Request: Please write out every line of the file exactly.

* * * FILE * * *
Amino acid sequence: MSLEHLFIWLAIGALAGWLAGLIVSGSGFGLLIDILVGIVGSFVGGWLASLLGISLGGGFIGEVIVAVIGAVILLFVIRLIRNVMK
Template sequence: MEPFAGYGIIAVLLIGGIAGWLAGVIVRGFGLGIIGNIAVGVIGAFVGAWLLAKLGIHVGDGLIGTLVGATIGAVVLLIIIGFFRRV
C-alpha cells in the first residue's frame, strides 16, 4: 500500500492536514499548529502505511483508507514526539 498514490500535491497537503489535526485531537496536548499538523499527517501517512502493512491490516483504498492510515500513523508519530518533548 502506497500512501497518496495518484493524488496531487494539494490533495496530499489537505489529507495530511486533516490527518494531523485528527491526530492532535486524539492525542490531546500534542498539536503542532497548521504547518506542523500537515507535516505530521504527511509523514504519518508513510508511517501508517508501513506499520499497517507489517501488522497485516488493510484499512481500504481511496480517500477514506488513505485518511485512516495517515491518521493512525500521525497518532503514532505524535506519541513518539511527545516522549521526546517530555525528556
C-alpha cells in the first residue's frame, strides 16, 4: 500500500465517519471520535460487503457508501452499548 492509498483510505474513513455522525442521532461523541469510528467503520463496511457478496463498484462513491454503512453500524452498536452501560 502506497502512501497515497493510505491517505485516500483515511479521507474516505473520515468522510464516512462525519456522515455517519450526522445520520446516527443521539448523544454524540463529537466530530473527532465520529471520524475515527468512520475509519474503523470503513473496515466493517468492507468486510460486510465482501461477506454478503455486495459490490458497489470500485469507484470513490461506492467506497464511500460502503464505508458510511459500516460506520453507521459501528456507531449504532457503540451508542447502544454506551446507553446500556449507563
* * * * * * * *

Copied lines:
Amino acid sequence: MSLEHLFIWLAIGALAGWLAGLIVSGSGFGLLIDILVGIVGSFVGGWLASLLGISLGGGFIGEVIVAVIGAVILLFVIRLIRNVMK
Template sequence: MEPFAGYGIIAVLLIGGIAGWLAGVIVRGFGLGIIGNIAVGVIGAFVGAWLLAKLGIHVGDGLIGTLVGATIGAVVLLIIIGFFRRV
C-alpha cells in the first residue's frame, strides 16, 4: 500500500492536514499548529502505511483508507514526539 498514490500535491497537503489535526485531537496536548499538523499527517501517512502493512491490516483504498492510515500513523508519530518533548 502506497500512501497518496495518484493524488496531487494539494490533495496530499489537505489529507495530511486533516490527518494531523485528527491526530492532535486524539492525542490531546500534542498539536503542532497548521504547518506542523500537515507535516505530521504527511509523514504519518508513510508511517501508517508501513506499520499497517507489517501488522497485516488493510484499512481500504481511496480517500477514506488513505485518511485512516495517515491518521493512525500521525497518532503514532505524535506519541513518539511527545516522549521526546517530555525528556
C-alpha cells in the first residue's frame, strides 16, 4: 500500500465517519471520535460487503457508501452499548 492509498483510505474513513455522525442521532461523541469510528467503520463496511457478496463498484462513491454503512453500524452498536452501560 502506497502512501497515497493510505491517505485516500483515511479521507474516505473520515468522510464516512462525519456522515455517519450526522445520520446516527443521539448523544454524540463529537466530530473527532465520529471520524475515527468512520475509519474503523470503513473496515466493517468492507468486510460486510465482501461477506454478503455486495459490490458497489470500485469507484470513490461506492467506497464511500460502503464505508458510511459500516460506520453507521459501528456507531449504532457503540451508542447502544454506551446507553446500556449507563